Banned social media users have long petitioned for reinstatement via informal appeals amplified by prominent supporters. They may be public campaigns, involving supportive hashtags and mass retweets, or private pleas to platform staff known to the banned user or a verified friend. While platforms provide some formal appeal mechanisms, they rarely provide opportunities to solicit support, clarification, or additional context from other users. At scale, reversing an erroneous ban often seems like a matter of making enough noise to demand a second hearing. Sonya Mann presents this phenomenon as pseudo‐feudal, highlighting the inherent inequality of informal collaborative appeals.
When regular users run afoul of the algorithm, or are dinged by a moderator, it’s common for them to reach out to accounts with larger followings. The hope is that their pleas will be sent to the top by a sympathetic intermediary. It’s not unlike begging a duke to bring your grievance to the king. Jack Dorsey doesn’t care if some random Twitter account gets shut down, but he might lift a finger if a sufficiently prestigious bluecheck brought it to his attention. Or at least that’s the theory.
As COVID-19 has sent human moderators home and increased platforms’ reliance on algorithms, the value of informal appeals has only increased. This should be of concern to platforms as well as users. Content moderation is a top‐down process. Unable to draw upon democratic legitimacy, moderators have increasingly attempted to legitimize their governance by adhering to procedural values. The Santa Clara Principles, a set of commitments intended to provide users with due process endorsed by Facebook, Twitter, and Youtube, requires “meaningful appeals” and “the ability to present additional information.” If, in practice, only the loudest accounts have this ability, users’ expectations of procedural fairness will be frustrated.
Last month, @MENA_conflict, a mid‐sized conflict studies and suburban farming account operated by a former infantry marine was banned from Twitter, apparently after being mass‐reported by would‐be QAnon‐hunters, before being eventually reinstated. The account received a deluge of support from journalists and prominent users, including Jack McCain. Its operator reported that he returned to “like 2500 notifications from y’all harassing twitter to reinstate me.”
Informal appeals may have saved @MENA_Conflict in this case, but they present a broader problem. Platform responsiveness to such mass appeals undermines the legitimacy of moderation as a neutral process. They are not equally accessible, often in ways that mirror off‐platform power structures. However, these sorts of public appeals often provide moderators with otherwise inaccessible or illegible context. Knowledge of a videographers’ portfolio, past citation of a pseudonymous expert, or the jovial nature of #bitcheswhobrunch can all help inform platform decisions. Unfortunately, from the outside, it can be difficult to know whether moderators have caved to public pressure or independently determined that their initial decision was made in error.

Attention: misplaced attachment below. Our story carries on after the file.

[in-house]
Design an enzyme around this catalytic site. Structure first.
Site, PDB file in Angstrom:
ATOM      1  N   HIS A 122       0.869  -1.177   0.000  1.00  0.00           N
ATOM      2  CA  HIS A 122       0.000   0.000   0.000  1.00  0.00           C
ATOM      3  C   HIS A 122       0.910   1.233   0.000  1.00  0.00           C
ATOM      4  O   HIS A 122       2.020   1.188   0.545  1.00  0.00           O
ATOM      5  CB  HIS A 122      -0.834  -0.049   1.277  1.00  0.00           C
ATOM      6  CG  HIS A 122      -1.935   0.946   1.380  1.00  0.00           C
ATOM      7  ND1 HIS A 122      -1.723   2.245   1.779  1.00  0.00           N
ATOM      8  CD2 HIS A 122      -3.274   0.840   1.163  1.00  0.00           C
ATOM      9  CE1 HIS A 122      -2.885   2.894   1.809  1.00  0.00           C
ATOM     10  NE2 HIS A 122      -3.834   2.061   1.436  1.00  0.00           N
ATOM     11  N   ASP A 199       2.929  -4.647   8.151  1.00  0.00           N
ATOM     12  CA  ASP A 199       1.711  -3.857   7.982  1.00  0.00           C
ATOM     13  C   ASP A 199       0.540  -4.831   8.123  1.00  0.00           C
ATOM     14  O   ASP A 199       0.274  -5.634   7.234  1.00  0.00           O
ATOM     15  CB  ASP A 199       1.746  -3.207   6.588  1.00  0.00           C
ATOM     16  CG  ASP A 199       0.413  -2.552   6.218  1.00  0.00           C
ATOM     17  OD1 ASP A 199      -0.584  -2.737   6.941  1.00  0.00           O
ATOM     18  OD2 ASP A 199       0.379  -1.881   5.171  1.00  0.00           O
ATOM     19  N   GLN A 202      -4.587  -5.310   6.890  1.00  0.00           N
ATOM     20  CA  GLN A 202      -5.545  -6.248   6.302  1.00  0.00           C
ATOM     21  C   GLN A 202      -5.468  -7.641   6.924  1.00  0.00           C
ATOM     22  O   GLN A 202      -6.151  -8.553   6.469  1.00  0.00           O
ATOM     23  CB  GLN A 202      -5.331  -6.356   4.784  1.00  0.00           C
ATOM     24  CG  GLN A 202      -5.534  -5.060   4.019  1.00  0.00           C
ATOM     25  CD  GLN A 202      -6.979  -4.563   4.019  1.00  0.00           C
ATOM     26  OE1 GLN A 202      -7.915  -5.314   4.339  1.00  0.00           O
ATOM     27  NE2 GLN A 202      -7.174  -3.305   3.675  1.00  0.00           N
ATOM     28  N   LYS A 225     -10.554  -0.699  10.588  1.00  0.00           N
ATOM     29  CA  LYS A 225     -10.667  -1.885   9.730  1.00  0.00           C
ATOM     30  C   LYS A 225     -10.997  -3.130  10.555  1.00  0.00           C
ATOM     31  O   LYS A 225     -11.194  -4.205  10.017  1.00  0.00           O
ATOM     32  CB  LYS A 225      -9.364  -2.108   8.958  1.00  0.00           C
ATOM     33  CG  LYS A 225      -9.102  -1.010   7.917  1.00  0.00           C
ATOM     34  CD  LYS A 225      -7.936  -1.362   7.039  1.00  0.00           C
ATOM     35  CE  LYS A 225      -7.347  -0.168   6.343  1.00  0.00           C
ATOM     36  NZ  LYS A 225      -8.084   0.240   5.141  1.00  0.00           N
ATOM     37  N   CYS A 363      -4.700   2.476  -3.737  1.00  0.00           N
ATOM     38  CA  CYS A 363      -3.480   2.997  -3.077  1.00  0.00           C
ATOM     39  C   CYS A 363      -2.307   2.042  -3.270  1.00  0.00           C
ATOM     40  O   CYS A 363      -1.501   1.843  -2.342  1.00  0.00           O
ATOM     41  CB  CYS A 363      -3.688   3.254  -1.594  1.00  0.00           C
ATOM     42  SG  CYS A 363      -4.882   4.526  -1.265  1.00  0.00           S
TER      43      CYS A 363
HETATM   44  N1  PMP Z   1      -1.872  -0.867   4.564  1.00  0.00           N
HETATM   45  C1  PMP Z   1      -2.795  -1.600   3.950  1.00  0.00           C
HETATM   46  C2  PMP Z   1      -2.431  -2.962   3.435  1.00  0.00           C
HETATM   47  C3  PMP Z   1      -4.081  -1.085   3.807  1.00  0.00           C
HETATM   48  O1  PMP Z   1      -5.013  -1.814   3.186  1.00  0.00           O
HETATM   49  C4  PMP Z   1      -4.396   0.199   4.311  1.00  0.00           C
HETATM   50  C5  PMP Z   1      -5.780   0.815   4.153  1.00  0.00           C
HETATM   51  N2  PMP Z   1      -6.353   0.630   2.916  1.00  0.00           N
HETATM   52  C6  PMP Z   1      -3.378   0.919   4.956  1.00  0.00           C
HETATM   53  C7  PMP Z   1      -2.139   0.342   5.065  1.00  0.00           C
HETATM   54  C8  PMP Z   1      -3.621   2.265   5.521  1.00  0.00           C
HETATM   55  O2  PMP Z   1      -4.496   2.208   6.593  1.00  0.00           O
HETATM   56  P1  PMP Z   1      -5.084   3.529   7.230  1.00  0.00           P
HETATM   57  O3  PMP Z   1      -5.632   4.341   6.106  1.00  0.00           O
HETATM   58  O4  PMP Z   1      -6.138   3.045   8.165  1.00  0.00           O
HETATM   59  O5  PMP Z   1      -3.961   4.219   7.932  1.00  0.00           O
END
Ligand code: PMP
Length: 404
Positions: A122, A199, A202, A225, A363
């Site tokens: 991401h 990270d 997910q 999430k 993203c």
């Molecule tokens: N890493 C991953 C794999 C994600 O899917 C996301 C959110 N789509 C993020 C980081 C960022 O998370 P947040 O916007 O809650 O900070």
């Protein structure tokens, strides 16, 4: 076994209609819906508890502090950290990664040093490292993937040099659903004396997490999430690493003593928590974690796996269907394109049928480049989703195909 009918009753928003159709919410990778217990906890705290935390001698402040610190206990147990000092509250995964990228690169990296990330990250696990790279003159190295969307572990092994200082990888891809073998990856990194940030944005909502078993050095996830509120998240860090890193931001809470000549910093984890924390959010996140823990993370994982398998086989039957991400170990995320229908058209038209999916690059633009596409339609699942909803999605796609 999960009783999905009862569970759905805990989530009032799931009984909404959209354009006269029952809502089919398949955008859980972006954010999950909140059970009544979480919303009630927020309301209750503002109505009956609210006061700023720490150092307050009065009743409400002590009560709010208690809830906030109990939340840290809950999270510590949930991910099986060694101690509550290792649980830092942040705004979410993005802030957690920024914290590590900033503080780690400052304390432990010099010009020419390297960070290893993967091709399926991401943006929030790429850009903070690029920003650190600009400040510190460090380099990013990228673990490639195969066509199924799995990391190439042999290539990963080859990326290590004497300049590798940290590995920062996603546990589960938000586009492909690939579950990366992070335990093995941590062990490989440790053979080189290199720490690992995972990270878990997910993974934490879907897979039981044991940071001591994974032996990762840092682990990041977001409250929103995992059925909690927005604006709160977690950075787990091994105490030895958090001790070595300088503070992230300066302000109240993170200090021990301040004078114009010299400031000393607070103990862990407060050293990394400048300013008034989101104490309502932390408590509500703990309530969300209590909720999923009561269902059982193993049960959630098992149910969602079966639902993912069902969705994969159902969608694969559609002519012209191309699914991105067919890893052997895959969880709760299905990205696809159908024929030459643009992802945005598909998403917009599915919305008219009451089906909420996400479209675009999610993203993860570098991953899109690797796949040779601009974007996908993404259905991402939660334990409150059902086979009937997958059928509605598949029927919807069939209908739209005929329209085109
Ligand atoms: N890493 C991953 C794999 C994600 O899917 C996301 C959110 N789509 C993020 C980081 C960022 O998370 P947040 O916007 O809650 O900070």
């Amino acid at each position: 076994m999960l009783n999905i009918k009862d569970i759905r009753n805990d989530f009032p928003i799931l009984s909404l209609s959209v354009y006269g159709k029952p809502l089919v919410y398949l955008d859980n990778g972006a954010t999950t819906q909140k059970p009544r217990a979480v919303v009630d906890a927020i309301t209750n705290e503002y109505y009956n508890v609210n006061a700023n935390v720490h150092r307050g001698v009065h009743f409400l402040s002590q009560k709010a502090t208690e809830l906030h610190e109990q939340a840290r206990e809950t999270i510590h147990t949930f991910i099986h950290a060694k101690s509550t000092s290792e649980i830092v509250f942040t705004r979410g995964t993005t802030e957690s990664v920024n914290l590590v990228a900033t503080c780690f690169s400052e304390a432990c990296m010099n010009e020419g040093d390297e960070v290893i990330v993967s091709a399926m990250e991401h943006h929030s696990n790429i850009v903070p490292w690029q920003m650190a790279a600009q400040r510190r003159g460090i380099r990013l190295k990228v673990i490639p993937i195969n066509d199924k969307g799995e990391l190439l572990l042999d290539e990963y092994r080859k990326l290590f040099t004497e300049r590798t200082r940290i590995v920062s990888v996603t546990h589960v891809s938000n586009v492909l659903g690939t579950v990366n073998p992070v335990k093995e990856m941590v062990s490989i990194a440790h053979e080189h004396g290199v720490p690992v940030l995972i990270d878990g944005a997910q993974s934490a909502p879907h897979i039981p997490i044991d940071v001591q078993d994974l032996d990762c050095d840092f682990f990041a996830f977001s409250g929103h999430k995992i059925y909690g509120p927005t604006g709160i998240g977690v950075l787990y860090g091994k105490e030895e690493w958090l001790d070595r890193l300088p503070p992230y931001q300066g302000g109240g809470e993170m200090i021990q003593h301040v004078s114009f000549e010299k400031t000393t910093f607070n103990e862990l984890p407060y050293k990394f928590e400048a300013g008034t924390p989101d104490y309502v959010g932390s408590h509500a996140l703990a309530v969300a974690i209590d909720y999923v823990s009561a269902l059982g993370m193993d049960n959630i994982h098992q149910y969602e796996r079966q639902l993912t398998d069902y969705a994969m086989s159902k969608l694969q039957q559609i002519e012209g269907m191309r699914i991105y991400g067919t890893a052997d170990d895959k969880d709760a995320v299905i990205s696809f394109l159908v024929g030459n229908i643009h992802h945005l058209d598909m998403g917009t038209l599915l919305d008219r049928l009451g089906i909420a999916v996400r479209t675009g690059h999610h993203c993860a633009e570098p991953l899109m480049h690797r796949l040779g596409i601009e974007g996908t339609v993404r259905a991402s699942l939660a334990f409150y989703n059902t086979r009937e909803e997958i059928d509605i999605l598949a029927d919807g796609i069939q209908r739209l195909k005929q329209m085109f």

This is not exclusively a Twitter problem, though the platform’s default openness may make the issue more visible there. A formal mechanism for the provision of additional context would improve other platforms, as well. Ford Fischer, an independent videographer, was banned from Facebook after posting footage of armed protestors before being reinstated after appealing to his followers on Twitter. He writes:
I wish I had a formal avenue to say, “I cover — not participate in – activism including that of paramilitaries in my capacity as a journalist.” Instead, I had to resort to a viral post on Twitter.
Off‐platform calls to action have long been a popular method of informal appeal. When Rose McGowan was locked out of her Twitter account after castigating Ben Affleck for denying knowledge of Harvey Weinstein’s predatory behavior, she took to Instagram to protest the decision. However, like other sorts of informal appeals, off‐platform pleas turn on celebrities, placing them beyond the reach of most users. In Fischer’s case, one Facebook employee even contacted him via Twitter to tell him that Facebook staffers had submitted internal appeal requests on his behalf. These may have gotten the job done but, as Fischer explains: